Wendy is broadly interested in using quantitative methods to understand and predict species dynamics and determine appropriate conservation actions. For her Ph.D., Wendy is developing data integration methods to evaluate the causes and consequence of environmental change on wildlife populations and communities. She enjoys fieldwork and data analyses on a variety of taxa and ecosystems. Wendy received a M.S. from SUNY College of Environmental Science and Forestry, where she studied avian responses to experimental ice storms and developed a lesson plan for high school students. She then worked as a biometrician at the University of Kentucky for three years.
Lab Affiliate (and former postdoc) Email: firstname.lastname@example.org Sarah's website
Sarah's research focuses on declining and threatened wildlife populations to improve recovery efforts. Sarah is a Quantitative Ecologist in the Science Division at the National Audubon Society and a former postdoc in the lab. She continues to collaborate with the lab on a number of projects, including the development of models to tease apart the factors causing the decline of the eastern North American monarch population. Sarah completed her Ph.D. at the University of Minnesota where she studied the endangered Great Lakes piping plover population. Sarah enjoys working with long-term data sets and advanced statistical models to tackle conservation problems.
Ph.D. Candidate Email: email@example.com
Alex is interested in large-scale collaborative projects focused on regional ecological problems to maintain ecosystem health for local organisms and human communities. For his Ph.D. research, Alex is collaborating with researchers at the USGS to develop network-scale management strategies to maintain amphibian populations in the NPS National Capitol Region through the use of structured-decision making and hierarchical modeling. He received his M.S. from the University of Georgia where he studied gopher tortoise population ecology. As part of his research there, Alex worked with a team to develop an adaptive landscape planning and decision framework for tortoise conservation.
Postdoctoral Research Associate Email: firstname.lastname@example.org Erin's website
Erin is a quantitative ecologist whose research focuses on understanding the effects of climate, land use change, and other factors on wildlife populations. Erin is studying the dynamics of monarch butterflies across eastern North America including the spatial and temporal factors influencing population trends. She is using data from several large-scale, volunteer-based monitoring programs to identify the relative contributions of abiotic effects on observed declines. Erin completed an M.S. in Statistics and a Ph.D. in Wildlife Conservation and Management at the University of Arizona, where she studied demography and metapopulation dynamics of two amphibian species in the Sky Island region.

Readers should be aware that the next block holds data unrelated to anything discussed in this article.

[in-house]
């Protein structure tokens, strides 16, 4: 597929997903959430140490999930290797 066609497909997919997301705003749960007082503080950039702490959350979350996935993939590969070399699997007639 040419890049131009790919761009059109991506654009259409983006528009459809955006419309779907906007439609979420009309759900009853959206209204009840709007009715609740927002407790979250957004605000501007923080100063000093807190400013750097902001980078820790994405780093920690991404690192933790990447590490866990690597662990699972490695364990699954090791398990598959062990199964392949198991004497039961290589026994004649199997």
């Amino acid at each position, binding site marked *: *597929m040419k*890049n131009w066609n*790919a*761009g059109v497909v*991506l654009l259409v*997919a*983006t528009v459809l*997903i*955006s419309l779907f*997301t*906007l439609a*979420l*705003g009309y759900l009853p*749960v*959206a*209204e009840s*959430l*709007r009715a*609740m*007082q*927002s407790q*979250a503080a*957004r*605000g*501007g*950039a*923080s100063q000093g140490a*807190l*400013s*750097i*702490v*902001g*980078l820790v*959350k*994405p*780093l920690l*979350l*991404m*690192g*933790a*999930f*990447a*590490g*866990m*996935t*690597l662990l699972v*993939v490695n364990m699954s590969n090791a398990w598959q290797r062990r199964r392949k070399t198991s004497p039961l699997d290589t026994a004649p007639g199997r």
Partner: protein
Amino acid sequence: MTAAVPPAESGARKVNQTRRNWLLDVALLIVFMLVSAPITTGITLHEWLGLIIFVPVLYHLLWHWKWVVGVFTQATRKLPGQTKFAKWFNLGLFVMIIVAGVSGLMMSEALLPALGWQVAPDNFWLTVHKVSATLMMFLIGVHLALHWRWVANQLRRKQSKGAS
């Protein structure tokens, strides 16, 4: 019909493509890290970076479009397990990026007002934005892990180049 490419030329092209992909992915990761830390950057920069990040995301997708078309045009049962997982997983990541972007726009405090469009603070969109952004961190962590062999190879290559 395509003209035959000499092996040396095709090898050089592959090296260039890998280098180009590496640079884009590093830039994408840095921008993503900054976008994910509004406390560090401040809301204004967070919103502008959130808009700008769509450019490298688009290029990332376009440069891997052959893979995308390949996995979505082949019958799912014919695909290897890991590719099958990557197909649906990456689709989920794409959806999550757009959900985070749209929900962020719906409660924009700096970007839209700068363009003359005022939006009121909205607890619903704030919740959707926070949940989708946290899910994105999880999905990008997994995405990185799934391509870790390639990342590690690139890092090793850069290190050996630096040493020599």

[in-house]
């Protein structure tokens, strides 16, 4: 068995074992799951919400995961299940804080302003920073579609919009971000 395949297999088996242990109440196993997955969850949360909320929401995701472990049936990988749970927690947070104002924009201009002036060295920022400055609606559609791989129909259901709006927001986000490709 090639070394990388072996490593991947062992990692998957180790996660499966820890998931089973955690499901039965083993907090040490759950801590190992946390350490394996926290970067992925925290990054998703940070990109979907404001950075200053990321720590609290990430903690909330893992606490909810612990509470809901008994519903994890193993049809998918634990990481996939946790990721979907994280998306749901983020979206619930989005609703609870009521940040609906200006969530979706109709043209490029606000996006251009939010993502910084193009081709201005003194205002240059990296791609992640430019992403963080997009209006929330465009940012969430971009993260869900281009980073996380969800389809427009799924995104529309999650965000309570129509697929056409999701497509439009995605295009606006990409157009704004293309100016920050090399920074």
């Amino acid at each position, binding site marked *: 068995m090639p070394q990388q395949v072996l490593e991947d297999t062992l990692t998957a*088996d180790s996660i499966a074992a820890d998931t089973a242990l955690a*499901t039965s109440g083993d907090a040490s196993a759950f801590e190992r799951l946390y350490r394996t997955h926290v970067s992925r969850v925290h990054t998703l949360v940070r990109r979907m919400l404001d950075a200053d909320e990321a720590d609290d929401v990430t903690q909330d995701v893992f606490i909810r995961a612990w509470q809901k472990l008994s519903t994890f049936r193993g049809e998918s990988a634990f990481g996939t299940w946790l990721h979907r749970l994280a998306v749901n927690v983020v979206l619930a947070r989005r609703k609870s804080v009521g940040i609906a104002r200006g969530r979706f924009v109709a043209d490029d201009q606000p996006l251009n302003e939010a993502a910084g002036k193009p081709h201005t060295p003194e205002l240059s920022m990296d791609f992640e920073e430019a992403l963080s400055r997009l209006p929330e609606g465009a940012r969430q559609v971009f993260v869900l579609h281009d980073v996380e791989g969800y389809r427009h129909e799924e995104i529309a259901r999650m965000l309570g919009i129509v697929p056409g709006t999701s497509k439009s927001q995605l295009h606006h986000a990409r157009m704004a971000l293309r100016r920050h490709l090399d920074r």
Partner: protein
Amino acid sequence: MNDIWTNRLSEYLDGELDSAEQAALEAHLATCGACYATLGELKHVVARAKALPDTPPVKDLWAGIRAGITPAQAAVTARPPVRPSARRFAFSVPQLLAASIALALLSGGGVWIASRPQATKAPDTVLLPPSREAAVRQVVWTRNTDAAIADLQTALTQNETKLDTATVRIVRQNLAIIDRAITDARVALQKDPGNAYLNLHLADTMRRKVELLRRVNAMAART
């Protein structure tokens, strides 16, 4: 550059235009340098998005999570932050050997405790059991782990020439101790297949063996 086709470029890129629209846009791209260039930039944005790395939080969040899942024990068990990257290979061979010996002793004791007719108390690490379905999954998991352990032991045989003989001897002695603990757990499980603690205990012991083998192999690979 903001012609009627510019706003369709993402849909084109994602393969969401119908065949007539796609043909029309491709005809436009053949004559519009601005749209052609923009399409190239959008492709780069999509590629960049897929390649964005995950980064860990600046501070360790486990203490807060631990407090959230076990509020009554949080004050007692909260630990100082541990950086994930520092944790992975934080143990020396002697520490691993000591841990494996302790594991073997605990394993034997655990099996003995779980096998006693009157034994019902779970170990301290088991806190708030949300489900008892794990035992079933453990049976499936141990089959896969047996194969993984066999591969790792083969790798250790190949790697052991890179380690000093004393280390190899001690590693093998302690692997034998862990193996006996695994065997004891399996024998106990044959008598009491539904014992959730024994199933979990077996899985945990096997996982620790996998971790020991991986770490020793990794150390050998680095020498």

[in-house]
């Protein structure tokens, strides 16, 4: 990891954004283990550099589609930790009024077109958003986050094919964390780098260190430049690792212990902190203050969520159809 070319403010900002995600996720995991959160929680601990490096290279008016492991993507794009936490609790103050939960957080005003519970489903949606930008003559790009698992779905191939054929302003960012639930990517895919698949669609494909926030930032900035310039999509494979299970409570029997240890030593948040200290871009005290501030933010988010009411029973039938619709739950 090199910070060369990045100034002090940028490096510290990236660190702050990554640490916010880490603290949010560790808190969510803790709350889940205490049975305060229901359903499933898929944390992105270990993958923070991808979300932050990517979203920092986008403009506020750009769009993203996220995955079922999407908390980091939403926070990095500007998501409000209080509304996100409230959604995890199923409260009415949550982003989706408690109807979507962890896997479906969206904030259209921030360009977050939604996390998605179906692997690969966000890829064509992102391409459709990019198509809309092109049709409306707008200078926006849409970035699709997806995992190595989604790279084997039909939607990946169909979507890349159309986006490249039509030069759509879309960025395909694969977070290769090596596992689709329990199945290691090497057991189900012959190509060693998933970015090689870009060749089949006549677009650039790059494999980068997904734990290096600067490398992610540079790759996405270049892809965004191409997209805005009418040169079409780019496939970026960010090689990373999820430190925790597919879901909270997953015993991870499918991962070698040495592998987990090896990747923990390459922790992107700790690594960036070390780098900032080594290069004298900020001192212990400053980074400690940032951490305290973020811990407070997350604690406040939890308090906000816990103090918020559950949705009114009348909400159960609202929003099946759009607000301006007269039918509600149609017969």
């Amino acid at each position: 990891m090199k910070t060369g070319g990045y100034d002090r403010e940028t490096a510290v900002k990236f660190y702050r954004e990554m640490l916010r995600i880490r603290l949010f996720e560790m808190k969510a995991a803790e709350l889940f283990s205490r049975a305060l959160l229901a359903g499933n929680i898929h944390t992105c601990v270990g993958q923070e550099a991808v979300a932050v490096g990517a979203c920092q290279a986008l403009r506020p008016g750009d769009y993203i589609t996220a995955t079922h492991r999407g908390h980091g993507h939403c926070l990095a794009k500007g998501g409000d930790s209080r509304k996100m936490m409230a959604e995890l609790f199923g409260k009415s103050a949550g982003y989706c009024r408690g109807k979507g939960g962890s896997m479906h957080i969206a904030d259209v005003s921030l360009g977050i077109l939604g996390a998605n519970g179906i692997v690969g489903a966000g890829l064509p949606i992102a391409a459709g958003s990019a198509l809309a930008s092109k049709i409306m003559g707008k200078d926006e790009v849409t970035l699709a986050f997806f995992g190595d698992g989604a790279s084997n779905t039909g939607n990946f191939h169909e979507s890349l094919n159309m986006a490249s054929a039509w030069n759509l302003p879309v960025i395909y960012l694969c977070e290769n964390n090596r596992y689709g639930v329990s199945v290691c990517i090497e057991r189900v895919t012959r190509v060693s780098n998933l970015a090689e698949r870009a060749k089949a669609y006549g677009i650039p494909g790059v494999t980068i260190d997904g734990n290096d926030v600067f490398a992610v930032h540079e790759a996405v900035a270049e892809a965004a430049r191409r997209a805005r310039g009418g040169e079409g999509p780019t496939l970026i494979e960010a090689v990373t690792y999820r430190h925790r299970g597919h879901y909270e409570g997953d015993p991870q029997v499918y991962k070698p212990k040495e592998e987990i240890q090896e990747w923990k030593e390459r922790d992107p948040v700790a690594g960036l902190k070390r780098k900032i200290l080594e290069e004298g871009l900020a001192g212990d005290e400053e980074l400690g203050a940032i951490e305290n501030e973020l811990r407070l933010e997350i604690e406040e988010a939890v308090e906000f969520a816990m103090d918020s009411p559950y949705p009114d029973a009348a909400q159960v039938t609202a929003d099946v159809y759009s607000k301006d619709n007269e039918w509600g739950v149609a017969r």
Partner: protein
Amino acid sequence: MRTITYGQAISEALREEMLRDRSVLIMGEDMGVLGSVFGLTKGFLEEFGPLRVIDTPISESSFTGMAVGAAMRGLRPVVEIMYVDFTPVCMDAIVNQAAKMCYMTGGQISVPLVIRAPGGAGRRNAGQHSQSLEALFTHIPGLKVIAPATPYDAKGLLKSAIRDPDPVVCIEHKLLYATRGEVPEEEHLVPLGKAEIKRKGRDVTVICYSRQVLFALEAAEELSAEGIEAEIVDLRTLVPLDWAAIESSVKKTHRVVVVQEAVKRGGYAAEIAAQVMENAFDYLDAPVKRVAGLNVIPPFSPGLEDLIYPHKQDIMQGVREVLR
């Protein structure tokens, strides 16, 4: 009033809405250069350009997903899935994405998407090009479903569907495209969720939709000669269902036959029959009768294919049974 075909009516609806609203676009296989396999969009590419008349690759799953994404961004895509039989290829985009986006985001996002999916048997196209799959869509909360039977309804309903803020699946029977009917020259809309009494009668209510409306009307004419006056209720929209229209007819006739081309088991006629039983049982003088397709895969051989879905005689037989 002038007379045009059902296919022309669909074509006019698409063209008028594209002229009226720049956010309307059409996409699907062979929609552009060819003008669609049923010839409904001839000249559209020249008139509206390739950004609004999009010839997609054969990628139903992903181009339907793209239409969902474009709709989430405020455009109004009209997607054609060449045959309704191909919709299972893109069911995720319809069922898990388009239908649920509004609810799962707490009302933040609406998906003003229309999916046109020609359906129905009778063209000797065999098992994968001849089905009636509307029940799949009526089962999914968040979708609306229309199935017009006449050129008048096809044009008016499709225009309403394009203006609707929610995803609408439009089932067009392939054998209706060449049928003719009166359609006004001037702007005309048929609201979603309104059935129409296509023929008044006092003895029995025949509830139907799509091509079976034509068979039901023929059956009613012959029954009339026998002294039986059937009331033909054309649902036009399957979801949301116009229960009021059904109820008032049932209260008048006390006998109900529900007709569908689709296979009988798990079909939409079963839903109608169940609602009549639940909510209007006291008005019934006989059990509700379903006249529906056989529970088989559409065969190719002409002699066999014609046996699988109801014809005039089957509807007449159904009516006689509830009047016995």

Former Lab Members
Christie Bahlai, Postdoctoral Research Associate (2016-2017) Current Position: Assistant Professor, Kent State University
Xabier Cabodevilla, Visiting Ph.D. student from Spain (2019) Current Position: Ph.D. candidate at Universidad del País Vasco
Grace DiRenzo, Postdoctoral Research Associate (2016-2019) Current Position: Assistant Unit Leader for the USGS Co-op at University of Massachusetts, Amherst
Saba Manzoor, Visiting Ph.D. student from Pakistan (2018-2019) Current Position: Ph.D. candidate at University of Faisalabad Shahla Nargis, Visiting Ph.D. student from Pakistan (2018-2019) Current Position: Ph.D. candidate at University of Faisalabad
Valentina Oberosler, Visiting Ph.D. student from Italy (2018) Current Position: Postdoctoral Researcher at the Science Museum at Trento (MUSE)
José Ribeiro, Visiting Ph.D. student from Brazil (2016-2017) Current Position: Postdoctoral Researcher at São Paulo State University
Sam Rossman, Postdoctoral Research Associate (2014-2018) Current Position: Research Scientist, Hubbs-SeaWorld Research Institute Allison Sussman, M.S. (2017) Current Position: Database and GIS Specialist, USGS Patuxent Wildlife Research Center